YOUNGSTOWN Bureaucracy delays abandoned school's demolition



Red tape often conspires to push public works projects into starting months after awarding contracts.
By ROGER G. SMITH
CITY HALL REPORTER
YOUNGSTOWN -- The city awarded a contract to level the long-vacant Washington School six months ago. Asbestos removal and demolition was to take three months.
Yet, there the giant West Side eyesore stands.
That's because a three-month project doesn't really mean three months in government bureaucracy.
Indeed, the demolition contractor's 90-day deadline on Washington School only expired Tuesday.
Instead, paperwork, legal notices, insurance, meetings and utility work often conspire to push public works projects into starting months after awarding contracts.
The dilapidated school building remains largely because of the red tape required between awarding the contract and starting the project.
"All those elements take time," said Carmen Conglose Jr., deputy director of public works.
The city is talking with Broadway Contracting of Cleveland today about why the building isn't gone, he said. The city grants extensions if there is a good reason for the delay. Penalties are charged if there isn't.
More asbestos than expected complicated the project, Conglose said. Also, the contractor has removed entire walls and other building supports during asbestos removal to hasten demolition, he said. That has pushed back full-scale razing.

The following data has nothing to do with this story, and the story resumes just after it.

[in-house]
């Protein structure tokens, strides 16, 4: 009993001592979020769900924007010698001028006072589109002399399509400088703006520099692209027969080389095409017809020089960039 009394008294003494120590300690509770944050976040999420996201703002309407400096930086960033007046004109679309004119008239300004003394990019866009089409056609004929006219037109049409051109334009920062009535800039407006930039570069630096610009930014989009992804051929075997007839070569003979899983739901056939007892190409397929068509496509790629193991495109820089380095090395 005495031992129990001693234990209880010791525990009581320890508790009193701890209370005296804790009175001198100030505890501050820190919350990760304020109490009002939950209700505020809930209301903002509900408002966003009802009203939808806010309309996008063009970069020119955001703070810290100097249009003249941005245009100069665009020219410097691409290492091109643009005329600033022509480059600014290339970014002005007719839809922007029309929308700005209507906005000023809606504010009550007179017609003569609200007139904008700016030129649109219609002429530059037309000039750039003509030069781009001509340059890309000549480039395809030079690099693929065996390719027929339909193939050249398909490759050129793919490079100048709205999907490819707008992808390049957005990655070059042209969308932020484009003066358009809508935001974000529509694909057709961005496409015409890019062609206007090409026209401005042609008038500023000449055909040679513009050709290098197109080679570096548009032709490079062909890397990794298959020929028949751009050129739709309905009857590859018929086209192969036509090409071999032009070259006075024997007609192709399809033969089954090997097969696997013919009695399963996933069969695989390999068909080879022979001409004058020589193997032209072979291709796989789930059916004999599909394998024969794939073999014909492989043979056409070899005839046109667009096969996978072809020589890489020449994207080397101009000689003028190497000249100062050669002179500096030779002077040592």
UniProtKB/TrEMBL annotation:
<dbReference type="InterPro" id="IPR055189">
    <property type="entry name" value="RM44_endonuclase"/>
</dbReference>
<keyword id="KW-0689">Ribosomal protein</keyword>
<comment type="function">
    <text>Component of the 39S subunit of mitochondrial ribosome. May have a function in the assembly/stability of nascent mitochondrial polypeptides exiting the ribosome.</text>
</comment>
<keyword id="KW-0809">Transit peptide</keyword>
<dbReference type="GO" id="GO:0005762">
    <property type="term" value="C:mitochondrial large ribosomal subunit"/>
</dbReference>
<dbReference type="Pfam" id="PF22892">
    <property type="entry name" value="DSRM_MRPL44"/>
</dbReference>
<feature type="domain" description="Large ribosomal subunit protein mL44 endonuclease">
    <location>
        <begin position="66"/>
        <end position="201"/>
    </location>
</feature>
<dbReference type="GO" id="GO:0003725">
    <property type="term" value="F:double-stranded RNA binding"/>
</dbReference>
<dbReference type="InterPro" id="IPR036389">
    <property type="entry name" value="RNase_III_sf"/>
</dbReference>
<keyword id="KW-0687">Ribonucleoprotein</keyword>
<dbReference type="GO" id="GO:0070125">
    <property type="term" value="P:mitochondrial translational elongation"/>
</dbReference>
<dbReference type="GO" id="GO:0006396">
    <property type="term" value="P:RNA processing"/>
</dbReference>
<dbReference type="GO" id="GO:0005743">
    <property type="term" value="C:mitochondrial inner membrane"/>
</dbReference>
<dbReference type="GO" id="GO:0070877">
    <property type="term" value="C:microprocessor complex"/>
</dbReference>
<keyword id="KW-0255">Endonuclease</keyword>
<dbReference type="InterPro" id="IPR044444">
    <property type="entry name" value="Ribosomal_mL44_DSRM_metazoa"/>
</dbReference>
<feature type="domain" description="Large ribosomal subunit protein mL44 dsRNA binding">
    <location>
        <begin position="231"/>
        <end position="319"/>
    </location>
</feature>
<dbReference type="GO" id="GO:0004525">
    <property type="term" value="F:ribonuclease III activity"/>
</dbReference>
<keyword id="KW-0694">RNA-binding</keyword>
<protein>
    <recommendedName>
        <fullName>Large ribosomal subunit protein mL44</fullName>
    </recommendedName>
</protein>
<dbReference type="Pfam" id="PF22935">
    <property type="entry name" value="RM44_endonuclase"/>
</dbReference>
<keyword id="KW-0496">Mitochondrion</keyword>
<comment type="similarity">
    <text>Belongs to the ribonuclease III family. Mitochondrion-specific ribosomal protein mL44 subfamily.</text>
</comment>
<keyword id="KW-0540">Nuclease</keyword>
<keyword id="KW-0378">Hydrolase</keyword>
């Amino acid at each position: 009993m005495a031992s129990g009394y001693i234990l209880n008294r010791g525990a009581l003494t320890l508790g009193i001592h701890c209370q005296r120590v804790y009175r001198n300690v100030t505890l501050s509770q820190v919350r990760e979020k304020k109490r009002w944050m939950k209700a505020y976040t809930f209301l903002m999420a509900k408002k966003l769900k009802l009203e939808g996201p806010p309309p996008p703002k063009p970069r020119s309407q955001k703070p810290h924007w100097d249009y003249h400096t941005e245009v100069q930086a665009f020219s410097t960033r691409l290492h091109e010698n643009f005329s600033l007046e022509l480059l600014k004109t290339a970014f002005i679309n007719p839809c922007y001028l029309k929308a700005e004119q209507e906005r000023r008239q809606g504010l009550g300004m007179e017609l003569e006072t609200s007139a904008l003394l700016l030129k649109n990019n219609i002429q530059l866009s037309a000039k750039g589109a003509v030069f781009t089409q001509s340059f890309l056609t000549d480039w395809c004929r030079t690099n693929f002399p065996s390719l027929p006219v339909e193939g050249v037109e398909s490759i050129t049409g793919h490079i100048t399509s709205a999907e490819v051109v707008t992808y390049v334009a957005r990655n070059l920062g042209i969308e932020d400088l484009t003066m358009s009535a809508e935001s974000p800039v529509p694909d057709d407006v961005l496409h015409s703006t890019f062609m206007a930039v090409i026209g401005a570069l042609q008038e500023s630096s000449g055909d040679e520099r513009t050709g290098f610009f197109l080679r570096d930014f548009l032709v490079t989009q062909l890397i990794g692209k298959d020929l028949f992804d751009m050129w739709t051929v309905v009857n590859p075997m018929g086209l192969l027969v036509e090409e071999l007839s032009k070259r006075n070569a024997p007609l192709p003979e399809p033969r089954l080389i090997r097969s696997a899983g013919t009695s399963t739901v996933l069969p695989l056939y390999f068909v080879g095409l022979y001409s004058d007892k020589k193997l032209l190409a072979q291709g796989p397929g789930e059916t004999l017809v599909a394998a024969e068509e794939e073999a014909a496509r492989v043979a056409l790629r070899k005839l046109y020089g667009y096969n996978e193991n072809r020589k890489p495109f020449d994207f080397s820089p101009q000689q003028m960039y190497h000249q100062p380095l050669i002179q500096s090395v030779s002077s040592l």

Prime example
But Washington School remains a prime example of pre-project delay.
The city awarded a $347,900 contract to Broadway Contracting on June 13.
The city said asbestos removal was to start within a month. The contract called for 45 days of asbestos removal and 45 days of demolition. The building was to be gone and grass planted over the top by mid-October.
Neighbors were ecstatic to hear the news. In 2001, Vindicator readers named Washington School among the area's biggest eyesores.
First, however, there was legal paperwork. The contractor's insurance had to be in place. A preconstruction meeting had to be held.
Utility companies each had to be scheduled to disconnect their lines from the site.
There also was the 10-day Environmental Protection Agency notice about the asbestos project.
Each of those steps is fairly typical in such public works project, Conglose said.
Finally, the contractor needed a letter from the city before starting which acknowledges that all the other red tape is accomplished.
That notice came Sept. 30.
That's how a three-month contract awarded June 13 can have a completion date of Dec. 31.
rgsmith@vindy.com

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